It wasn’t that way here until it was taken over by Wide Open Media a couple of years ago. As it is, every day they become more and more like Bloomberg.
          It’s almost like Wide Open Media is a wholly owned subsidiary of Bloomberg, inc. But since it’s a private corporation, it’s ownership is not public, so there’s no way to find out, short of a subpoena to examine their private records.

        8. avatar Joe nobody says:

          @voldamort – thanks for the clarification, that makes a LOT of sense.

        9. avatar Voldamort says:

          Joe Nobody:
          You are very welcome. Glad to pass on some things I set out to find out about after they banned me here for asking uncomfortable (for TTAG) questions.
          I had to download and set up ToR to return, and even now, I still cannot even mention my old username without being stuffed down the memory hole. That’s how I came to be Voldamort, or “He who cannot be named…”. Hint: It used to be Norwegian for Kenneth.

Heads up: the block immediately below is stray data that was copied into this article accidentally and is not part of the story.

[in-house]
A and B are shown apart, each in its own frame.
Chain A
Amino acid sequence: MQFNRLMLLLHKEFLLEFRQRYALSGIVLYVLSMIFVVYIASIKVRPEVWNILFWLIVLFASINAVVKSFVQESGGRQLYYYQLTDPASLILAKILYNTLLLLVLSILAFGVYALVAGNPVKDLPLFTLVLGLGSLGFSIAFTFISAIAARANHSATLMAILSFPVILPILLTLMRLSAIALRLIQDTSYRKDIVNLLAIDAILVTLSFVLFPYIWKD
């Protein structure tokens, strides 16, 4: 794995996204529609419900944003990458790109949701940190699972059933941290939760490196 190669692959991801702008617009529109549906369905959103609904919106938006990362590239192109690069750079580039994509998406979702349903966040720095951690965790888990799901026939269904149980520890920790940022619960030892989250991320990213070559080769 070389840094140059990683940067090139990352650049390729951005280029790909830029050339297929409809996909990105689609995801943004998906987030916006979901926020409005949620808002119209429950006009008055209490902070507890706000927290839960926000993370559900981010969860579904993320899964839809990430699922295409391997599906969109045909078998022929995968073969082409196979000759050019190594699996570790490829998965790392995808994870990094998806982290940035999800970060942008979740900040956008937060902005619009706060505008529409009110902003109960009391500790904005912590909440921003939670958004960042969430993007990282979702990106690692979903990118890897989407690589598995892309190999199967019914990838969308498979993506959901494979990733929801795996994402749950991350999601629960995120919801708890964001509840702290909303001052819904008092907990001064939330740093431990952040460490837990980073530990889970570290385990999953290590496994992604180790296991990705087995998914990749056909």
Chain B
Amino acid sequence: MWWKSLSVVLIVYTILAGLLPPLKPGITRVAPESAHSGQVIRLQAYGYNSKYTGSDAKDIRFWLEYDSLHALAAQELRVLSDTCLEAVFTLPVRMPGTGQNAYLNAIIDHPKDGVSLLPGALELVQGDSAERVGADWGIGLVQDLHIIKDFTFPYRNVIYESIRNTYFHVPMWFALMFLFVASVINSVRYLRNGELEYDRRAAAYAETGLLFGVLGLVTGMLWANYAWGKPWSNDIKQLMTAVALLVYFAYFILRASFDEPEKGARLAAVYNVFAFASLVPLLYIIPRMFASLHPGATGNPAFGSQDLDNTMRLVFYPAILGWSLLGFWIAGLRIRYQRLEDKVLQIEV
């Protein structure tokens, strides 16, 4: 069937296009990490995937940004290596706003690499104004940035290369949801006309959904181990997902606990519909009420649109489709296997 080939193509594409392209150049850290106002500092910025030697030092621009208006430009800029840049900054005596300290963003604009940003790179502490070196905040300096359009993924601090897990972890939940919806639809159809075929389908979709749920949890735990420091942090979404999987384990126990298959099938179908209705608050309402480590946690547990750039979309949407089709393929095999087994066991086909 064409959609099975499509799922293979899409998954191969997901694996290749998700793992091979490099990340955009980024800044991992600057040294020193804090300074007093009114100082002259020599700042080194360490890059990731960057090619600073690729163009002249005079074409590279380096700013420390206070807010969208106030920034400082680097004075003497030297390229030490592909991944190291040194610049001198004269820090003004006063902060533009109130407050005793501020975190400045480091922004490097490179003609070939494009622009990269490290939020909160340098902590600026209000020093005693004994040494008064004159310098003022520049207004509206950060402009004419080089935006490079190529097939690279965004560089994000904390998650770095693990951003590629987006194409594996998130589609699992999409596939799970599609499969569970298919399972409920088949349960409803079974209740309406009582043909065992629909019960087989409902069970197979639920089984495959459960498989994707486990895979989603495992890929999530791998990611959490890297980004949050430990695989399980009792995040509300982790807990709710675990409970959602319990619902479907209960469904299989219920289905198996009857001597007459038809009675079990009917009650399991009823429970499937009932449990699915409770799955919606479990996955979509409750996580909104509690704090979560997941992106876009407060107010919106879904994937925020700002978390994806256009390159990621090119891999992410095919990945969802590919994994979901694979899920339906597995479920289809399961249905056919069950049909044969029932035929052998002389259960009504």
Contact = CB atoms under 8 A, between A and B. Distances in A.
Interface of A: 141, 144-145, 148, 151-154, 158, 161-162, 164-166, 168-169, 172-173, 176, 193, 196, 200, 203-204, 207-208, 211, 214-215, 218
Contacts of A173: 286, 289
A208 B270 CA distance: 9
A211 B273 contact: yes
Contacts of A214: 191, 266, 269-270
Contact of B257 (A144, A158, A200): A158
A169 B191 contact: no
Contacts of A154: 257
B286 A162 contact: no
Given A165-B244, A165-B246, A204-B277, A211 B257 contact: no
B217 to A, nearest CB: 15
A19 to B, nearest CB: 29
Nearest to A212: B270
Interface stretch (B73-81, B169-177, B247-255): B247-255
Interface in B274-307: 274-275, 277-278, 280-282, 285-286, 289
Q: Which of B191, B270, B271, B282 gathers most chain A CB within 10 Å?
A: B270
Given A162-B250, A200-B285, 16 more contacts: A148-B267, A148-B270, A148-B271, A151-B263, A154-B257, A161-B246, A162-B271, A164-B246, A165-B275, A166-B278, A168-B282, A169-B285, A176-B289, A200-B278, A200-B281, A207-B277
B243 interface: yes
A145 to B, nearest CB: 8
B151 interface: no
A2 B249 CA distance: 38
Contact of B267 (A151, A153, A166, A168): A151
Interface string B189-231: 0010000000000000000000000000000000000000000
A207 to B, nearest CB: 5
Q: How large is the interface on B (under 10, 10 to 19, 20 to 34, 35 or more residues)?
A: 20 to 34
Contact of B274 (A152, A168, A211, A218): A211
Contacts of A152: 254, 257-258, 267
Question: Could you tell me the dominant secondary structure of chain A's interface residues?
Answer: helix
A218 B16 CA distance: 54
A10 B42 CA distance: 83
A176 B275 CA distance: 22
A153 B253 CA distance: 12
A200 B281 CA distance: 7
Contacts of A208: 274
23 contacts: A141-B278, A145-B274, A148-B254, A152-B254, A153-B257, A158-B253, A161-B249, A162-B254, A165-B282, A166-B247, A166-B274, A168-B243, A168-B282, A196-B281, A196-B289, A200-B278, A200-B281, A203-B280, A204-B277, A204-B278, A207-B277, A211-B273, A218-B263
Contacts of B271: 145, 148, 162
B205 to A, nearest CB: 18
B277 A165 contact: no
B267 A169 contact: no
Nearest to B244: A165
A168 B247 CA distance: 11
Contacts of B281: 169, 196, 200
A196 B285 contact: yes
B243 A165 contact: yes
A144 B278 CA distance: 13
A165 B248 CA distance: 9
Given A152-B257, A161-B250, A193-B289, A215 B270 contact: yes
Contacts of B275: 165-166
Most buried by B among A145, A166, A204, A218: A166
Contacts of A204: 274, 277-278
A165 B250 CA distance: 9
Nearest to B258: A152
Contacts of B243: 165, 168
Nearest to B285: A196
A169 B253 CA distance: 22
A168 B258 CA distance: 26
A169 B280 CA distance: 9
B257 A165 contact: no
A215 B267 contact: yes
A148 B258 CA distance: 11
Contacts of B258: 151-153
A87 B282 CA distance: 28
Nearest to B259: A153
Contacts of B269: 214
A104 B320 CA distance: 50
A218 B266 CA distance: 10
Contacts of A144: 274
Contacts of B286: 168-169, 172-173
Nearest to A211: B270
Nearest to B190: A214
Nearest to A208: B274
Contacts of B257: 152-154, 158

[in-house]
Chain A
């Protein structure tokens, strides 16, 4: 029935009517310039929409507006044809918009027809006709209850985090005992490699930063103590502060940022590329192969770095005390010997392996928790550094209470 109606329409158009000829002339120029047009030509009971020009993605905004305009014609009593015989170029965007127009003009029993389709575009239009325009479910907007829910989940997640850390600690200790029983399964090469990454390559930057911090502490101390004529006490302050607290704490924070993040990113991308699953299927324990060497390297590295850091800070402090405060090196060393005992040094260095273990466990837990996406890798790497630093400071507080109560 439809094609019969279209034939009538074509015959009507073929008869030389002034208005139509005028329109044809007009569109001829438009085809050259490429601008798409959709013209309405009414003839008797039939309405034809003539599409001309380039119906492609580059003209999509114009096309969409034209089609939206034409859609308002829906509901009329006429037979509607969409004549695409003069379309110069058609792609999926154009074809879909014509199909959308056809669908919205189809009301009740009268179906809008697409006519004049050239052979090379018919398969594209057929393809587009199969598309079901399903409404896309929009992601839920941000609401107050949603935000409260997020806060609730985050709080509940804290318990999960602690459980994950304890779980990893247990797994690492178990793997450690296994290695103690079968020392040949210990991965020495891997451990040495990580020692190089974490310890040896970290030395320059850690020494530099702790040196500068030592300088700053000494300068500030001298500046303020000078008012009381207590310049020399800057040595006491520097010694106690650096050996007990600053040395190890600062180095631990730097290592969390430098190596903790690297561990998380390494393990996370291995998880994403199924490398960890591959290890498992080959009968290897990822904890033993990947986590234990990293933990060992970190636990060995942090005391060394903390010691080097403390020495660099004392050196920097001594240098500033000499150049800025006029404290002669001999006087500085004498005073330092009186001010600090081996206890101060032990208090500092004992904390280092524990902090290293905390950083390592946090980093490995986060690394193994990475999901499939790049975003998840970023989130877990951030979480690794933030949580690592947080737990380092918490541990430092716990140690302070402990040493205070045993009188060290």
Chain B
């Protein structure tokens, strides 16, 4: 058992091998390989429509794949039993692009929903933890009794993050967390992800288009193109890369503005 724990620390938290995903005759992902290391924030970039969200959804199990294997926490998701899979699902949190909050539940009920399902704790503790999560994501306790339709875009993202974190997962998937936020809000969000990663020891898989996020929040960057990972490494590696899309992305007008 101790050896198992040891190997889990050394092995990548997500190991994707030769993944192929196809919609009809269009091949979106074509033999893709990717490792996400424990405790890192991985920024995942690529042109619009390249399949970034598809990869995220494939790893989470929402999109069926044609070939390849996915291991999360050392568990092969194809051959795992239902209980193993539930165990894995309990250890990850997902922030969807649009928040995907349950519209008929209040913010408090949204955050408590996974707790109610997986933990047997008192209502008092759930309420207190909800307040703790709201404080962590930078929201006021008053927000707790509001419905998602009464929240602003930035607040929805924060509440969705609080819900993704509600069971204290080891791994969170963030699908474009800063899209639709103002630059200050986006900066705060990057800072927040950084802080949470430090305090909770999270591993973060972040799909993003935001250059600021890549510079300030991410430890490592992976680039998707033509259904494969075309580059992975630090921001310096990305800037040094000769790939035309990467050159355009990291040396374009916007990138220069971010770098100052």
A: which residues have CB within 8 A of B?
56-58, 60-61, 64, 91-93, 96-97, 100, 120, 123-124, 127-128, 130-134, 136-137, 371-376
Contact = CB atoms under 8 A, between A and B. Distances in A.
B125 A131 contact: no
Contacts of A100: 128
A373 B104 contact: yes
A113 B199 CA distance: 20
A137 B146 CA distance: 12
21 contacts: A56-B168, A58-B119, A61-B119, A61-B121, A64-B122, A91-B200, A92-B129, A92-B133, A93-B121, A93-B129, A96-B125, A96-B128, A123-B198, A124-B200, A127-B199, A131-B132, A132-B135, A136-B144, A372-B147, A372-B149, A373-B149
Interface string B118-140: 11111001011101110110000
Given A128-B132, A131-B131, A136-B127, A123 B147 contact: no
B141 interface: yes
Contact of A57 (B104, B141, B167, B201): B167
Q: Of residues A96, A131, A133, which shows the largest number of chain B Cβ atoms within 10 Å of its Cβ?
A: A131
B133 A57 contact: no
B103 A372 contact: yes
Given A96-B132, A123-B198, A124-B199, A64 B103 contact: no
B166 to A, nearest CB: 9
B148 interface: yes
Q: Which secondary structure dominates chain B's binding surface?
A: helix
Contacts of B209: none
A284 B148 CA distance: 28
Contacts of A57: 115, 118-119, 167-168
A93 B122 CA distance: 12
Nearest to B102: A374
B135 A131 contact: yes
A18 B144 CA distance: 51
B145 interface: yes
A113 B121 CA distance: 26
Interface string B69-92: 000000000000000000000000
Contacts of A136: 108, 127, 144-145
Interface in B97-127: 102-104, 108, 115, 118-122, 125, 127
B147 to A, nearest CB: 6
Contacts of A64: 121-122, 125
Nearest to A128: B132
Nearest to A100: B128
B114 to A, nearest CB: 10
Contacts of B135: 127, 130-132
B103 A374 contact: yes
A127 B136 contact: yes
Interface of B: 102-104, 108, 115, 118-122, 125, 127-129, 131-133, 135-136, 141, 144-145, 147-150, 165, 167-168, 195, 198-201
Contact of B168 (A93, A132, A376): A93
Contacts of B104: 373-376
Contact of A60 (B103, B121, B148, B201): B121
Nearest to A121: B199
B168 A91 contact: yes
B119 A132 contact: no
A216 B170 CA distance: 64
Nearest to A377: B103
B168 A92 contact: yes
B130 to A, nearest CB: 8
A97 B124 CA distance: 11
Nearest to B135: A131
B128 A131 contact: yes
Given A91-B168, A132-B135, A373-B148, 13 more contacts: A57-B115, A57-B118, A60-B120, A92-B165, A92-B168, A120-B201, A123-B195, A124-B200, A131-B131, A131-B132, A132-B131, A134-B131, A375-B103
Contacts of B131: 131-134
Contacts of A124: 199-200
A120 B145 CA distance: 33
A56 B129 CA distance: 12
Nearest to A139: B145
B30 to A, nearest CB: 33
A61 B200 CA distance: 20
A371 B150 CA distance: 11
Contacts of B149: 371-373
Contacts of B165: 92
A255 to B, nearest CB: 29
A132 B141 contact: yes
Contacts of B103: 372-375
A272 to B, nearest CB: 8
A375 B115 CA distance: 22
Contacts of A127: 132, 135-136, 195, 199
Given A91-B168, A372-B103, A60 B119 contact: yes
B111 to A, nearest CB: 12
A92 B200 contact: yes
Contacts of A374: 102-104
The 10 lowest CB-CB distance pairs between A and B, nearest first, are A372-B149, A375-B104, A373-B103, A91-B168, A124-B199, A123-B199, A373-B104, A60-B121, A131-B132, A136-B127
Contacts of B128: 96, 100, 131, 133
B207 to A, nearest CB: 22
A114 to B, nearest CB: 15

10. avatar rt66paul says:

          15 years ago, there were not the choices for CCW there are today. While you can get a tiny 9mm these days, many are not comfortable shooting them. A .380 is a fine choice and can be carried all the time(the older 9mm handguns not so much. The whole point is that you if you need to be armed all the time, get a firearm that you are comfortable carrying all the time.
          I do not see many people willing to stand up and be shot at by a .380, so I feel it is a real firearm.

        11. avatar No One Special says:

          “get a firearm that you are comfortable carrying all the time”

          Or even a couple three just to have options as the mood and day changes.

      2. avatar Druid says: